Passwords are very common now a days and it is important that you use a strong password and a unique password for each application. This was OK 10 years ago when you had, maybe, two. Nowadays you have maybe a hundred passwords if you use a lot of web services. Remembering and storing all of those passwords is a bit of a hassle. This is where 1Password comes in. It is an app designed to store every password you use. Its a way of managing you passwords without having to go to all of the trouble of writing them down and ensuring that list is secure.
Storing Your Passwords
1Password finds a solution to a integral problem with humans and passwords. They must be long (the passwords), they must be remembered, humans can only pick one of the two options. 1Passwords is a password storage vault where you have to remember on password, the master password, 1Password takes care of remembering the rest.
When your first set up the app you are asked for a master password, this becomes the one and only password you have to remember. This sets up the vault in which every one password is stored. You now only have to remember this password.
When you enter your password, you are allowed access to the vault. This is where you can view every password 1Password stores. Its a visual viewer for your passwords. There are 6 main sections; logins for websites, accounts for services such as MobileMe, identities, notes for keeping ideas safe, software license keys, and wallet for credit cards. I am going to focus on the login section as this is the one mostly used, however, each section works in a similar manner.
This view allows you to see your username, the password and its strength. The advantage of using 1Password is that you can add tags, notes and attachments. These will all be encrypted on your Mac when you use the app. Every time you add a password it pulls the logo and the sample view of the webpages allowing you to quickly see which passwords you have.
This app also allows you to have more than one login for a website. I find this functionality in Safari is a bit clunky but works really well in 1Password.
Integrating With Your Web Browser
The 1Password app is used to manage your passwords. In your day to day usage you don’t really have the app open, it is all done with the browser integration. When you install the plugin, for Safari, Chrome and Firefox it integrates with the 1Password vault and allows you to retrieve and add passwords.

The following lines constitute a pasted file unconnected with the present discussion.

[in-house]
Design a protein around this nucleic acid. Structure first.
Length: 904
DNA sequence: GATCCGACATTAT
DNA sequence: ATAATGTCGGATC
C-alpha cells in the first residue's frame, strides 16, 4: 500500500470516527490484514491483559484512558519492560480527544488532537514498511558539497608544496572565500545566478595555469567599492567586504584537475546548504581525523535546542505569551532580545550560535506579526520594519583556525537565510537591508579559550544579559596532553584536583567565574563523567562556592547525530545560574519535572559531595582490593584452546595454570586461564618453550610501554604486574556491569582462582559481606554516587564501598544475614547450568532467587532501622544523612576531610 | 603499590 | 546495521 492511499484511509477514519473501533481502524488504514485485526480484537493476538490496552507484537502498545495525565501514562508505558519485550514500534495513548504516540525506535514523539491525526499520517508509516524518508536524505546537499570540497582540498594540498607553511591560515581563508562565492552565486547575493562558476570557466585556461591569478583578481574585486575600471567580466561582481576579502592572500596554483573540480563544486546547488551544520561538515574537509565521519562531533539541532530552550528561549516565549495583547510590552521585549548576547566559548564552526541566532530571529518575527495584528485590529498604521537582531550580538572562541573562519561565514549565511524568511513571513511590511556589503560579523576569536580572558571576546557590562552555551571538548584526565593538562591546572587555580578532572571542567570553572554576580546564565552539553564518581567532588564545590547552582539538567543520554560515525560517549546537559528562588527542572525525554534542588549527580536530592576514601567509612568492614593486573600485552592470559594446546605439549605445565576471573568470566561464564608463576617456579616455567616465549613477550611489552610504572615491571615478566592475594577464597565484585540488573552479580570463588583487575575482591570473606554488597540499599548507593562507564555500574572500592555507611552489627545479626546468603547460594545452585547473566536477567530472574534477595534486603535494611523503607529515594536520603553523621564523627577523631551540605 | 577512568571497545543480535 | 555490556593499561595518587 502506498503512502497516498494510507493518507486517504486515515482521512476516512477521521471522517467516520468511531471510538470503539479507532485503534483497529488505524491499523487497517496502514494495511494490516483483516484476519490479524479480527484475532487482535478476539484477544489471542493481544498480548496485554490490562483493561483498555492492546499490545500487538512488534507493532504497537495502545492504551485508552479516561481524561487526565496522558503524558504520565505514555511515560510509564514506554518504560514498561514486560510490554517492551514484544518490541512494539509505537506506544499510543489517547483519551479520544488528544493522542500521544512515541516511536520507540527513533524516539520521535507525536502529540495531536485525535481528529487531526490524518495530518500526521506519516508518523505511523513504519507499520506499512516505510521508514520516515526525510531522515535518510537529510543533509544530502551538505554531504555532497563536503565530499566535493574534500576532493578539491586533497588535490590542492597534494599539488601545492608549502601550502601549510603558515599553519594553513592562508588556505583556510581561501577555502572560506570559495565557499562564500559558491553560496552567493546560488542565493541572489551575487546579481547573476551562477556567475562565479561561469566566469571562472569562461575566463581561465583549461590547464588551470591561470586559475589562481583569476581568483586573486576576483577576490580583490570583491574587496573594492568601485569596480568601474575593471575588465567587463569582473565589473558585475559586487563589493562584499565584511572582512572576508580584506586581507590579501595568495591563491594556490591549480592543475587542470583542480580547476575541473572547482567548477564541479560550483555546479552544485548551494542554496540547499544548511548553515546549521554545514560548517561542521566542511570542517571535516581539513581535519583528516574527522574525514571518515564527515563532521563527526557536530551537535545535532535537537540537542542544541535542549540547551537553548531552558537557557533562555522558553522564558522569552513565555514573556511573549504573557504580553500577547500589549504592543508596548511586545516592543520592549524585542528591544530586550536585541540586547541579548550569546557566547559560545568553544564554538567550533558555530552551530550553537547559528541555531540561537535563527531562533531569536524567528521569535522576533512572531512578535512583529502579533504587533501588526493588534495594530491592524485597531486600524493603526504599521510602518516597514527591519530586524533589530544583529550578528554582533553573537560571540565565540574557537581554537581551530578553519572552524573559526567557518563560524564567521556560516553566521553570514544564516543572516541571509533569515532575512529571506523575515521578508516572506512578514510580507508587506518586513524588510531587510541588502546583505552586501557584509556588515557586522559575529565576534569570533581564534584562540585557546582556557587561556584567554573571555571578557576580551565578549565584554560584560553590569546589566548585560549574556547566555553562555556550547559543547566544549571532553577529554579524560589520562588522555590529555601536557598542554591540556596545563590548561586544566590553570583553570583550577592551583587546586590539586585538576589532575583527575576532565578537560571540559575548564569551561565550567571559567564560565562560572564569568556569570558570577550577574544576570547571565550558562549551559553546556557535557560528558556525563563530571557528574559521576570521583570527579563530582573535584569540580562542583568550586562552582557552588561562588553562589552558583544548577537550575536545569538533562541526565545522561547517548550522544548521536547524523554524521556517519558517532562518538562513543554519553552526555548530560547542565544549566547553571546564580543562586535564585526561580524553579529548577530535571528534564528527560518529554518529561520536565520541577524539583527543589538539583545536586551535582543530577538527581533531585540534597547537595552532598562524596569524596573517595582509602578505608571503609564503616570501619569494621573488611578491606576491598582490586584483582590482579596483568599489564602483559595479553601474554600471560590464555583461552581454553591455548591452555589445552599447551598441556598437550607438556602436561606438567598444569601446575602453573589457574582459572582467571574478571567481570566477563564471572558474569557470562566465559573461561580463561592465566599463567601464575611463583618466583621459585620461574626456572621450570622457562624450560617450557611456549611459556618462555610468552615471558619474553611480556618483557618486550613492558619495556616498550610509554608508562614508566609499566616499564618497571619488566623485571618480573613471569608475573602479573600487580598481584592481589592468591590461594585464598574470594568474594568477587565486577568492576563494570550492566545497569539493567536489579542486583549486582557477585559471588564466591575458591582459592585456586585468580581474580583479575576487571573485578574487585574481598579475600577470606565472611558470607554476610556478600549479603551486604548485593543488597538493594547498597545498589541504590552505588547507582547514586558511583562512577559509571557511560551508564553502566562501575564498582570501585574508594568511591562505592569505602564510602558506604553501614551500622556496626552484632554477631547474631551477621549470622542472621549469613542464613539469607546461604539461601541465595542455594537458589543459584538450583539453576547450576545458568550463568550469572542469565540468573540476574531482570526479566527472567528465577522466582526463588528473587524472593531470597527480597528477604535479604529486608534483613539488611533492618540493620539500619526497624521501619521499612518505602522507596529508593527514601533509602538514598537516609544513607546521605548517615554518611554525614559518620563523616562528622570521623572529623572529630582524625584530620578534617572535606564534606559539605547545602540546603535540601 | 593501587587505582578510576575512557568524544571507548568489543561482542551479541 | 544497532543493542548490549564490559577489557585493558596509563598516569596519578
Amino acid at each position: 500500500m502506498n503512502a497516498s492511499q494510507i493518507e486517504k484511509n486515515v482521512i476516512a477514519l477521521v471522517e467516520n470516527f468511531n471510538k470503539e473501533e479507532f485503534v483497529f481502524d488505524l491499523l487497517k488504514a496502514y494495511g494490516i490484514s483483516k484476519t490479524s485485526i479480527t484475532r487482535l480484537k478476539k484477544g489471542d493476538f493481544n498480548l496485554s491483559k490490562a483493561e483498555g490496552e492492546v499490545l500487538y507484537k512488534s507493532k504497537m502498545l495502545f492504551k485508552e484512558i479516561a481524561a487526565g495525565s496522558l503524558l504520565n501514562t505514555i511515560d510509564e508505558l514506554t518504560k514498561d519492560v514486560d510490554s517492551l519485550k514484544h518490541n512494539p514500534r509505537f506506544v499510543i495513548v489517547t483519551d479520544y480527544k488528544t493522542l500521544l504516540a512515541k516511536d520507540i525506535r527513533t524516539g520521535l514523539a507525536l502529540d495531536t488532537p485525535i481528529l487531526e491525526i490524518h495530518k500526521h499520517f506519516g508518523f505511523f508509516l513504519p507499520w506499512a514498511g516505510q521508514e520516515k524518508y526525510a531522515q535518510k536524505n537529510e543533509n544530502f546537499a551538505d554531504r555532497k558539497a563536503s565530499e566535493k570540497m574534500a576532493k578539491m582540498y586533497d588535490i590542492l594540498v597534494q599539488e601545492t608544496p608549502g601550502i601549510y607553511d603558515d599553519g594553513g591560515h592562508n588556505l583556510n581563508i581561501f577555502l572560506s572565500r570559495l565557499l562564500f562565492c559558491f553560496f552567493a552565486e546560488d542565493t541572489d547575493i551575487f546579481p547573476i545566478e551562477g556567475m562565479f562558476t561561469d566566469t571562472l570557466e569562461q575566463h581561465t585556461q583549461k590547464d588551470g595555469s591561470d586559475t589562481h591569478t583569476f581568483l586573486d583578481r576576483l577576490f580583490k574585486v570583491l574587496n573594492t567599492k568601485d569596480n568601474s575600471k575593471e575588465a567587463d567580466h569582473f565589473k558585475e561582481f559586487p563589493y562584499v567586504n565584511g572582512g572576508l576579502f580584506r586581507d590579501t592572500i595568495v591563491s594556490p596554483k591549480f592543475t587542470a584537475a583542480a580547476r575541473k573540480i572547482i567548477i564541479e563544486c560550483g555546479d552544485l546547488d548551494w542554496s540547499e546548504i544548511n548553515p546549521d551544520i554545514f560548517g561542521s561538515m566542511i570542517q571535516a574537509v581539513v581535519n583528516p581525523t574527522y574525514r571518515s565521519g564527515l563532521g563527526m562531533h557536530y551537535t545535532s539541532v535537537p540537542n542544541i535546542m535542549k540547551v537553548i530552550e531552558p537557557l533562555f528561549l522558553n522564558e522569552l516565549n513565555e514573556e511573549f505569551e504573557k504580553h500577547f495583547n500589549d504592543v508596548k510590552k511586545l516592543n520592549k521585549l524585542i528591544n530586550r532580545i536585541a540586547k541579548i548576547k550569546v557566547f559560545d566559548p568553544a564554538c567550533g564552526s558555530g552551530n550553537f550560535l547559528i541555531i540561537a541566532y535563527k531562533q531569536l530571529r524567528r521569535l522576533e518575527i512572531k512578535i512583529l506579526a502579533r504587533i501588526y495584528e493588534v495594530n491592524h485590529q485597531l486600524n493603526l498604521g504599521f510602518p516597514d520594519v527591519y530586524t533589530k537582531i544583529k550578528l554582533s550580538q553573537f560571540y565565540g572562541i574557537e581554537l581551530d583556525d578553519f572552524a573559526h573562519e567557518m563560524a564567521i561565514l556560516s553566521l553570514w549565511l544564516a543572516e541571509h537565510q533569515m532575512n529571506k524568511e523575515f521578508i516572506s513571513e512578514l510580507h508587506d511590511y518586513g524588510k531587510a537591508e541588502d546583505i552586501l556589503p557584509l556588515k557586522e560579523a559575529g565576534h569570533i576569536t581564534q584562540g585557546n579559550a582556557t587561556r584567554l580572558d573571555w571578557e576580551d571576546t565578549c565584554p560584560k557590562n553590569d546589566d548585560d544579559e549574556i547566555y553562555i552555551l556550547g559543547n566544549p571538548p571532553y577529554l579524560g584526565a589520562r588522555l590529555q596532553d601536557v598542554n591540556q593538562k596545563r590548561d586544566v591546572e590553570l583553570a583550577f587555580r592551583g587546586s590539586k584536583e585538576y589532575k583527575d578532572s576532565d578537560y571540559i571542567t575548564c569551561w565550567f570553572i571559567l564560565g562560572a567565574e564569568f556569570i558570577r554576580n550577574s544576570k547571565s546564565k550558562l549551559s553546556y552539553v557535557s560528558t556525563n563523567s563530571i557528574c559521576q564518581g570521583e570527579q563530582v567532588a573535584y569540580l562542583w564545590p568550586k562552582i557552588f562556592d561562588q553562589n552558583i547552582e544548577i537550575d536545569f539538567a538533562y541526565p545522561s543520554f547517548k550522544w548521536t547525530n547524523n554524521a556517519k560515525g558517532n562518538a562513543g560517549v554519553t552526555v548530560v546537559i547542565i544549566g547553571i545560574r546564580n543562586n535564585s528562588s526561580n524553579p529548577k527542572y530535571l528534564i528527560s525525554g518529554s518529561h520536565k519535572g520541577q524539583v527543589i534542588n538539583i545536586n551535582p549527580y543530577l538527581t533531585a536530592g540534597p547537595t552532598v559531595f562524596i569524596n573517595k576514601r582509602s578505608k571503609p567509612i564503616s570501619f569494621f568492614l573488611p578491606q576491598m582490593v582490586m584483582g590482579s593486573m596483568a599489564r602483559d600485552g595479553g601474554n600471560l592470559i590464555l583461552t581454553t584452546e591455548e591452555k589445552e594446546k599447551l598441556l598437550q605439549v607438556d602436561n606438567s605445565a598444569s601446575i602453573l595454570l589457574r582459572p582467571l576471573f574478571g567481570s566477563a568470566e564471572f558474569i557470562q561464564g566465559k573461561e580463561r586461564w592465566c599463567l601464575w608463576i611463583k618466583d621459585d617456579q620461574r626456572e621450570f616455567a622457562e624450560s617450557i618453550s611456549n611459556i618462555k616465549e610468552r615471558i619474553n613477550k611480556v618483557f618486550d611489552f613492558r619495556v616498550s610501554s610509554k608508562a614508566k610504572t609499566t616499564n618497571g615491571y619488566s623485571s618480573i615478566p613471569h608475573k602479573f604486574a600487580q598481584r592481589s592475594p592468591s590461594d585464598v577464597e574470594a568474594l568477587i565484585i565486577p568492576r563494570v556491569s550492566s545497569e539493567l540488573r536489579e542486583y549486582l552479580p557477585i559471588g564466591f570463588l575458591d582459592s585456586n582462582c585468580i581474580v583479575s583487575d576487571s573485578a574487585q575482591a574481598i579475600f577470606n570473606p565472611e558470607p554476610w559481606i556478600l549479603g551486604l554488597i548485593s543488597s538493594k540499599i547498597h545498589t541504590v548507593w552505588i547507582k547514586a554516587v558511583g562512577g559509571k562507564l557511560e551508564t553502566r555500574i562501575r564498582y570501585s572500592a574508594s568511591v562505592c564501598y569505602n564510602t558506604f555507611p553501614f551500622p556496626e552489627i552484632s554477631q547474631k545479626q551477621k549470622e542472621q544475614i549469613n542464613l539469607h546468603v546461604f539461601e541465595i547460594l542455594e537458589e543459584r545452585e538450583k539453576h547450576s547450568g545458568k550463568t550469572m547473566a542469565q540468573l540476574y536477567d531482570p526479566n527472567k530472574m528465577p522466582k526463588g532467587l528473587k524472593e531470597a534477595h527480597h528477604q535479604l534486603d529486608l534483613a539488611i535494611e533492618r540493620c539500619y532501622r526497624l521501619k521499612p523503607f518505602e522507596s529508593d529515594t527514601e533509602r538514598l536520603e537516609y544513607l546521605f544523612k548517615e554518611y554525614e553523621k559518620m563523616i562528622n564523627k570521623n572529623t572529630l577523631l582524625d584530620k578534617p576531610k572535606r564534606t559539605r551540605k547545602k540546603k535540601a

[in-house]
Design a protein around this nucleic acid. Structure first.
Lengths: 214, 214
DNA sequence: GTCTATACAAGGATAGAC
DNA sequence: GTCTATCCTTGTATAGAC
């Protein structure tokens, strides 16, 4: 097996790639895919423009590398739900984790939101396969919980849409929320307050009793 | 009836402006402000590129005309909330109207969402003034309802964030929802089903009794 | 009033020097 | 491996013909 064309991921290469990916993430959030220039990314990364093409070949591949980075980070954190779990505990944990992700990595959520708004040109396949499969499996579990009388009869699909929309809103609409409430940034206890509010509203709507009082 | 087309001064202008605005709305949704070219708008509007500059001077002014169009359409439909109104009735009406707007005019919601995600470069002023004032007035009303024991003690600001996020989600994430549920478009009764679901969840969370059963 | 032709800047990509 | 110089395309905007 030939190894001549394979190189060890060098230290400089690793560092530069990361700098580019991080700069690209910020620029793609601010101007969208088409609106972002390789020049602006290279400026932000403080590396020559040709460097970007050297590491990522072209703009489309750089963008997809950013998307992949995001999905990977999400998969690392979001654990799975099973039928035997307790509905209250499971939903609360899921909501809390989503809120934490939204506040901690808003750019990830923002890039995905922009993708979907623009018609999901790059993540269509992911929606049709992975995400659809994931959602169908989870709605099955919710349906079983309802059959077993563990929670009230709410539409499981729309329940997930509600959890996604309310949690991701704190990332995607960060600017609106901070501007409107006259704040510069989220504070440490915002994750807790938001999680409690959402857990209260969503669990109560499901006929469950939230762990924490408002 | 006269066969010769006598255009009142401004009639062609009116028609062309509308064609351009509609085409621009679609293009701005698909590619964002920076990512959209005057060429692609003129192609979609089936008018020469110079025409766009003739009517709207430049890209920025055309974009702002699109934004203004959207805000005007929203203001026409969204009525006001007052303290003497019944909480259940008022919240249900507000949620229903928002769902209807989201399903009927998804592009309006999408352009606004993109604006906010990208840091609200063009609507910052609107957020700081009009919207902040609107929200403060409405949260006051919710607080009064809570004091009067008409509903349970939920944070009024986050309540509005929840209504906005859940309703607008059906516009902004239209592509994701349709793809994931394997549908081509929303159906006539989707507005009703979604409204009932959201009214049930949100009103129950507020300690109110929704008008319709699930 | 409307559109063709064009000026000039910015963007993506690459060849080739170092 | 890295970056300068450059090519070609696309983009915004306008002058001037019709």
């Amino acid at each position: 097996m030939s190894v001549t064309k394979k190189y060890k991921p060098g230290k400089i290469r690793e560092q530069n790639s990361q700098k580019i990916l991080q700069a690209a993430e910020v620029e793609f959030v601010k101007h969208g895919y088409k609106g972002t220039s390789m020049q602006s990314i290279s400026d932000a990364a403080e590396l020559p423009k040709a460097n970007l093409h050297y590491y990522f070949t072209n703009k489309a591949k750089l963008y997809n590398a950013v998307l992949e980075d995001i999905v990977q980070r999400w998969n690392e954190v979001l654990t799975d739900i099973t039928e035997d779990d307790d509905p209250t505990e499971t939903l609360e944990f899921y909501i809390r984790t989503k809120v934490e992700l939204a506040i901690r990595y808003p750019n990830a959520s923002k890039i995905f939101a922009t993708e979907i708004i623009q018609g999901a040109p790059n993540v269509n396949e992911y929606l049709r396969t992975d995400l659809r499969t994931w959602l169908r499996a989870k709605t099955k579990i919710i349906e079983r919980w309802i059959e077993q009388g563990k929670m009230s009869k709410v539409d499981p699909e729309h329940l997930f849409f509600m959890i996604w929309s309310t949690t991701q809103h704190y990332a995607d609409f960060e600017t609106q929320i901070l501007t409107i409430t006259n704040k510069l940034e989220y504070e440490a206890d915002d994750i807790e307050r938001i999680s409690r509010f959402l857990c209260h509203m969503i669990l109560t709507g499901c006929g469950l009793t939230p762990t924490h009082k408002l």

When you use a site that has a password, 1Password will input the password for the site. If you disable this functionality you use the drop down list to find the password you want. It will then automatically fill in the fields with the password. If you have more than one password you can choose which one you want from the list.
The power of this app comes when you add a new password. It will automatically pick up that you are entering a password and ask you to store the password for future use.
One of the big tools of 1Password is the ability to create long, complex and hard to crack passwords. The built in password generator allows you to create a cryptic password for the site you are using. You then paste this password into the password field on the site you are using and this complex password is stored.
1Password has the ability to store you passwords and allow you to easily retrieve them. With this app you only have to remember one password. It also means you can have long complex passwords on the sites you use to ensure they are harder to crack. This app also goes further than simply storing passwords. The browser integration, the folders and tags option mean that using these passwords is simple. I also like the ability to store credit card data, although I have used my credit card online so many times that I can remember the number, it does mean you don’t have to find it when you want to use it.
This app does take a little while to get used to, although there is a good guide to help you get used to the app. It is a little bit annoying that you have to re-add all of the passwords you use, I would like an ability to pull the passwords from what Safari or the other apps remember.
This app is one I definitely recommend and having discussed with various other users it is one they have come to depend on and is a useful tool in their arsenal. It is an “all your eggs in one basket” solution, however it is certainly better than writing them down on paper or a spread sheet.